Monthly Archives: June 2012

Hurrican Preparation – Part 2

Protecting Your Boat in a Hurricane

marine weather pic Hollywood Beach, FLHurricanes are enormous cyclonic storm systems covering thousands of square miles which usually develop in the tropical or subtropical latitudes during the summer and fall. To be a hurricane, the system must be producing winds of 64 knots or more. Less intense storms are designated tropical depressions or tropical storms. Tropical storms and hurricanes are named to aid in identifying them. Each hurricane is, essentially, an organized system made up of hundreds of individual thunderstorms. The core of the hurricane is called the eye, an area of relatively benign weather several miles across surrounded by turmoil. All of the severe weather conditions produced by individual thunderstorms (heavy rain, hail, lightning, tornadoes, downbursts, etc.) are produced and magnified within the hurricane. Working together, such storms generate tremendous tidal surges which can decimate coastal areas.

Historically, individual hurricanes have caused the loss of thousands of lives and billions of dollars in damage as they ran their course over populated areas. If you know that a hurricane is approaching your area, prepare for the worst. The important point is, GET OFF THE OPEN WATER AS FAR AWAY FROM THE STORM AS POSSIBLE! If this is impossible, keep in mind that the right front quadrant of a hurricane usually, but not always, produces the most violent weather.

marine weather pic - Hollywood BeachWith today’s modern communication net to warn them, people have a better chance to reach safety before a hurricane hits their area. Even so, you may have little more than 24 hours advance notice to get your boat secured against the storm’s full force. Check the weather often.

If your boat is easily trailerable, store it ashore, far from the danger of high water. Follow these tips:

  • If you must move your boat, first inspect the trailer to ensure that it is in proper operating condition. Check tires (including spare), wheel bearings, tow hitch and lights.If you can, put your boat and trailer in a garage. If they must be left out, secure them to strong trees or a “deadman” anchor. Strip off every thing that could be torn loose by a strong wind.
  • Increase the weight of your trailered outboard boat by filling it with fresh water and leaving in the drainplug (inboard boats must be drained to avoid motor damage). Insert wood blocks between the trailer frame and the springs for extra support with the added weight.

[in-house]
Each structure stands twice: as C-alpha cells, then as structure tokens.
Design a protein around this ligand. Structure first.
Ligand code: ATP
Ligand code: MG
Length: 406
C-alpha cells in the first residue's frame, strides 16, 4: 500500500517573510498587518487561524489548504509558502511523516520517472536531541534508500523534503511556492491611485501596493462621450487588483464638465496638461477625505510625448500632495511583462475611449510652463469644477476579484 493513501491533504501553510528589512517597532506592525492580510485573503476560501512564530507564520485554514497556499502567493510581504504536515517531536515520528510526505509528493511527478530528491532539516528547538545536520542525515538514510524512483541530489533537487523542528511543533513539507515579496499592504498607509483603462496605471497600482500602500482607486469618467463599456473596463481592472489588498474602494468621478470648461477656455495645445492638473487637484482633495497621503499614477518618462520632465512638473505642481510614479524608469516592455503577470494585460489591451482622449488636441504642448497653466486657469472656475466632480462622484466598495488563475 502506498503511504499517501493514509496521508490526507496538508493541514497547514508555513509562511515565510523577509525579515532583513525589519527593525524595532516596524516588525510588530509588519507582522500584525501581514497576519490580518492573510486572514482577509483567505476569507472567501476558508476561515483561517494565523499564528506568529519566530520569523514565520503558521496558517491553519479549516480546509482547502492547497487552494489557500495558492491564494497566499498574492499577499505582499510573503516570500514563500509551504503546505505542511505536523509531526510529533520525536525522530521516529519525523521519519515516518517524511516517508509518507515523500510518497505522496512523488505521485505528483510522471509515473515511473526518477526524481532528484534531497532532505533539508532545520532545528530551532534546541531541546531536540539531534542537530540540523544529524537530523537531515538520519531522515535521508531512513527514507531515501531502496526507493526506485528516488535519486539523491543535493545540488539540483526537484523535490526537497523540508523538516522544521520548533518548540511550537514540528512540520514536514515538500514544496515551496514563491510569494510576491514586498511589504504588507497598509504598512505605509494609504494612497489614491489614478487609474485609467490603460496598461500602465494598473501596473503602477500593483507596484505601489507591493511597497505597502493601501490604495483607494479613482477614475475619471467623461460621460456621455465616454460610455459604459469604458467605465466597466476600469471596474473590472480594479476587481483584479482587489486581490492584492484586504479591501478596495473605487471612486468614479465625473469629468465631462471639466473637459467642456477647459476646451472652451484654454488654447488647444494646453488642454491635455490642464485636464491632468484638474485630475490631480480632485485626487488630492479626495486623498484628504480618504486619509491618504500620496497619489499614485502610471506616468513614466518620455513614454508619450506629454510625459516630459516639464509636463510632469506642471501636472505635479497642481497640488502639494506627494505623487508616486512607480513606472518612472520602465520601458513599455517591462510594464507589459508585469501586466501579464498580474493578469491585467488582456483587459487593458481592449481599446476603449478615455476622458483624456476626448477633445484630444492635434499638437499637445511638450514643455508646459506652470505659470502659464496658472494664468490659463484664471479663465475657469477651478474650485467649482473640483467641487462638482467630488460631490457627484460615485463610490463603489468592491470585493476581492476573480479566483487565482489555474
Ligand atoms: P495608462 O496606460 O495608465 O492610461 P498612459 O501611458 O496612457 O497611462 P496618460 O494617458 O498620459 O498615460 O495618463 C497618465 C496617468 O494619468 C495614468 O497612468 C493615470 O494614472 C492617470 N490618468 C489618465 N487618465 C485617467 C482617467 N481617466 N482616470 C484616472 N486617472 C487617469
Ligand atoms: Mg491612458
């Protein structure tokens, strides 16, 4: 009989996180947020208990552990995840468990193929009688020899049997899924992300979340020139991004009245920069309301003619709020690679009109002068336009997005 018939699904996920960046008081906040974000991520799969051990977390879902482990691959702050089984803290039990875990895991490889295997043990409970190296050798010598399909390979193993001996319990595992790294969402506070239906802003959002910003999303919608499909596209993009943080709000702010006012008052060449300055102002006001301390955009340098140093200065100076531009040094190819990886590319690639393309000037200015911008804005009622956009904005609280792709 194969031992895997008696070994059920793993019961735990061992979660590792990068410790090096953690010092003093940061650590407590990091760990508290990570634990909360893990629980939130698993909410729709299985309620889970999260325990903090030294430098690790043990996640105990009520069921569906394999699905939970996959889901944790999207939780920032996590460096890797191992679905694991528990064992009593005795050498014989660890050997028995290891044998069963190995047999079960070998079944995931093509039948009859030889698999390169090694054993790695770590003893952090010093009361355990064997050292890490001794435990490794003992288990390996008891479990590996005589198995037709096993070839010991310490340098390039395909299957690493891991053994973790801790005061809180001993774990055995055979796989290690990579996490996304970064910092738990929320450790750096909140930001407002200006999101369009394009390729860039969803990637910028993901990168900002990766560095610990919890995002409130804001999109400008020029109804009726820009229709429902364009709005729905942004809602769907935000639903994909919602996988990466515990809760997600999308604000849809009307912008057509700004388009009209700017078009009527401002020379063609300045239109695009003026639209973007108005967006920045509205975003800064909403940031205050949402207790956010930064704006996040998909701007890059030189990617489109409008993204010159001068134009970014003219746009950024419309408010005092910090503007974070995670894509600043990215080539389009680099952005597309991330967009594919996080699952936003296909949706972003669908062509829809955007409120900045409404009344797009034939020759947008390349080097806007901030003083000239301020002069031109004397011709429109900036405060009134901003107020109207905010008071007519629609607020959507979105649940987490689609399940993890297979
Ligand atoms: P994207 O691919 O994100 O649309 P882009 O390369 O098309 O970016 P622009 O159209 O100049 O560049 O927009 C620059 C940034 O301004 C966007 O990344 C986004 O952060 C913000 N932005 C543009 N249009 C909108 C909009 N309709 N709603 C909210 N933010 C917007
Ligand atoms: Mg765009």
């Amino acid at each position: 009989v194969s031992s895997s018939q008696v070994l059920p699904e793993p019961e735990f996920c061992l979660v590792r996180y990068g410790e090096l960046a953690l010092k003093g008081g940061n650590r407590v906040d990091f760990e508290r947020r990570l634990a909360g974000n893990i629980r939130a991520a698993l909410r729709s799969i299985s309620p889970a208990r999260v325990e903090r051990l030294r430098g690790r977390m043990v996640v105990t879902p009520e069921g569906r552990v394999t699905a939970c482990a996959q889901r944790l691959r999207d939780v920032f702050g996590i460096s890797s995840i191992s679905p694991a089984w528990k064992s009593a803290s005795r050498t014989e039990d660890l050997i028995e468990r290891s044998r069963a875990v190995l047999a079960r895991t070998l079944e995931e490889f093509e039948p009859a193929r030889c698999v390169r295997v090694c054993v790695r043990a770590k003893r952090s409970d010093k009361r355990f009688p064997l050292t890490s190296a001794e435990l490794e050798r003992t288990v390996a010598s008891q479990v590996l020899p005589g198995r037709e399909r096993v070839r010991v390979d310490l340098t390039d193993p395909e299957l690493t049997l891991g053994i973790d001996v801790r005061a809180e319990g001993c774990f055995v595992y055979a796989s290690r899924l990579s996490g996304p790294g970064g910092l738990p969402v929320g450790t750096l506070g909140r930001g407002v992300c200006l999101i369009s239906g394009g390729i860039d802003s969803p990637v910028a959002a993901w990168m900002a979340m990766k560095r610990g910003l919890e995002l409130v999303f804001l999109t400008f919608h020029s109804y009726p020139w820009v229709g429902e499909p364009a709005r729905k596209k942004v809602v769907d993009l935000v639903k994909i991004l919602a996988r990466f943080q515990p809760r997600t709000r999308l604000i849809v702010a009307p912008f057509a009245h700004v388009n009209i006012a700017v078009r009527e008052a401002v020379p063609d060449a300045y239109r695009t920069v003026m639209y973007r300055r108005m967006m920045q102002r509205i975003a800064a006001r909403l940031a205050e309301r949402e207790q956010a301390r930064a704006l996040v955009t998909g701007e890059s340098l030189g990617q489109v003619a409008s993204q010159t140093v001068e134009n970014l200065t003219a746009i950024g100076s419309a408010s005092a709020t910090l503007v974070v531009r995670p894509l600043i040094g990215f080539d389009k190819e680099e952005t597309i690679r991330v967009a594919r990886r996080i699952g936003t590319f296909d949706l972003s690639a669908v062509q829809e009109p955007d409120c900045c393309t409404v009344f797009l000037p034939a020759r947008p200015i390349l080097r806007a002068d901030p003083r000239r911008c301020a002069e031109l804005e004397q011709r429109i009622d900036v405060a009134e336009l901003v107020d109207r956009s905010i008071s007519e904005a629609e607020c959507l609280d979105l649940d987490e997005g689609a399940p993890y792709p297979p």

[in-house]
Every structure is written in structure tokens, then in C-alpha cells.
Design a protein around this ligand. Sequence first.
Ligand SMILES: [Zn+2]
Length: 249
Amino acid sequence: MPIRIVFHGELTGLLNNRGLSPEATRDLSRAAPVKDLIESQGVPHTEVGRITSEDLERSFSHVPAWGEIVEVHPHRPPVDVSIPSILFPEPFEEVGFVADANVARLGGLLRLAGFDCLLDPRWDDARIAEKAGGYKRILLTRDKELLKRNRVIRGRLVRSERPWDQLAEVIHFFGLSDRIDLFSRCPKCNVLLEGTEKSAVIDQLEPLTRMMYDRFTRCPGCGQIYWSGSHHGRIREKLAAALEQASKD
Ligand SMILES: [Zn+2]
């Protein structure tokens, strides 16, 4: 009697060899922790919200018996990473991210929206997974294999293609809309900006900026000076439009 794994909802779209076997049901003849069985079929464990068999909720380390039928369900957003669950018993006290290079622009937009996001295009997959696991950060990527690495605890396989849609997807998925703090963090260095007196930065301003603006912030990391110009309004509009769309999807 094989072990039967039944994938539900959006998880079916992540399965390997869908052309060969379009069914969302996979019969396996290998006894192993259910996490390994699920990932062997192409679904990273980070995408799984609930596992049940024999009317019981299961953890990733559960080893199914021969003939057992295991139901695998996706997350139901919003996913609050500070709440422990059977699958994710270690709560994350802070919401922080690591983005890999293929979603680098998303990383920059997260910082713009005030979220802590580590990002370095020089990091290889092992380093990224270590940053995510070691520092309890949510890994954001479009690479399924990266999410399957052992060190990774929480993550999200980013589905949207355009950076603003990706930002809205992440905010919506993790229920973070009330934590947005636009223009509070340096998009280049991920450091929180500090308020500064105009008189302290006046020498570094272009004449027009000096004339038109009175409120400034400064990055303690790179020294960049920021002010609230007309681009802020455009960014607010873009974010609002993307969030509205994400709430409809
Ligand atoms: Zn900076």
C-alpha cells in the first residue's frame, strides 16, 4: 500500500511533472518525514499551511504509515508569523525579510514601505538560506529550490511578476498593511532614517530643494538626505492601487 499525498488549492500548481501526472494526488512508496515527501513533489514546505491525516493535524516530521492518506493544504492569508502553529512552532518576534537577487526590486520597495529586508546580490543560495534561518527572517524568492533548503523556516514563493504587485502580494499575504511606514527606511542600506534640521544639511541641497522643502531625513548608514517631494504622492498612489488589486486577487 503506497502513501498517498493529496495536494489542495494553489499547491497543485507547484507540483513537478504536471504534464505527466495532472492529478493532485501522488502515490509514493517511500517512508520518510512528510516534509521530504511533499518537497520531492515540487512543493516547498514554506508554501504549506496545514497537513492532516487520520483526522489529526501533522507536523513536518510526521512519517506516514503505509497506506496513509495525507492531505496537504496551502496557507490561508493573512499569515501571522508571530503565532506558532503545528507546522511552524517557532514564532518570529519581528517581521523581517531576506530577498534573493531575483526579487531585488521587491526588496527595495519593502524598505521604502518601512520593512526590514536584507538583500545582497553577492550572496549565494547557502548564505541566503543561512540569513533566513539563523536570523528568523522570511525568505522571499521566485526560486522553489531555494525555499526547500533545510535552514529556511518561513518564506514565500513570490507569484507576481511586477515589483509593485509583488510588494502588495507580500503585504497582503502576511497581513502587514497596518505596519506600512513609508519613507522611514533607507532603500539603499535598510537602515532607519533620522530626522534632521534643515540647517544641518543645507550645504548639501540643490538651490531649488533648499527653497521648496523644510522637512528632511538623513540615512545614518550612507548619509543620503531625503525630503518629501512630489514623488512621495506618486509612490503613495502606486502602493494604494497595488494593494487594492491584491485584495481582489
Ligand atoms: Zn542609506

If your boat must stay in the water you have three options: BERTH at a dock that has sturdy pilings and offers reasonable shelter from open water and storm surge. Double up all mooring lines but provide enough slack so your boat can rise with the higher tides. Cover all lines with chafe protectors (double neoprene garden hose cut along the side) at points where the line is likely to wear and put out extra fenders and fenderboards (the more the better).

ANCHOR your boat in a protected harbor where the bottom can allow a good anchor hold. An advantage to anchoring is that the boat can more easily respond to wind and water changes without striking docks or other boats than when moored. Heavy and extra anchors are needed for this option and enough line should be on hand to allow a scope of at least 10:1 for each anchor.

HURRICANE HOLES are ideal locations to moor your boat during a hurricane. These are deep, narrow coves or inlets that are surrounded by a number of sturdy trees which block the wind and provide a tie-off for anchor lines. The best location for a hurricane hole is one far enough inland to avoid the most severe winds and tides, yet close enough to reach under short notice. You may want to scout out a satisfactory hurricane hole ahead of time!


  • Never stay with your boat. Your boat should be stripped of anything that can become loose during the storm. This would include unstepping the mast in sailboats. Boat documents, radios and other valuables should be removed from the vessel prior to the storm, since you never know how long it will take for you to get back to your boat once the storm passes.
  • Hurricanes are among the most destructive phenomena of nature, their appearance is not to be taken lightly. Advance planning cannot guarantee that your boat will survive a hurricane safely or even survive at all.
  • Planning can, however, improve survivability and is therefore certainly worth the time and money to do so.

General Weather Tips

Before Setting Out: Obtain the latest available weather forecast for the boating area. Where they can be received, the NOAA Weather Radio continuous broadcasts (VHF-FM) are the best way to keep informed of expected weather and sea conditions. If you hear on the radio that warnings are in effect, don’t venture out on the water unless confident your boat can be navigated safely under forecast conditions of wind and sea. This link will take you to up-to-date marine weather information.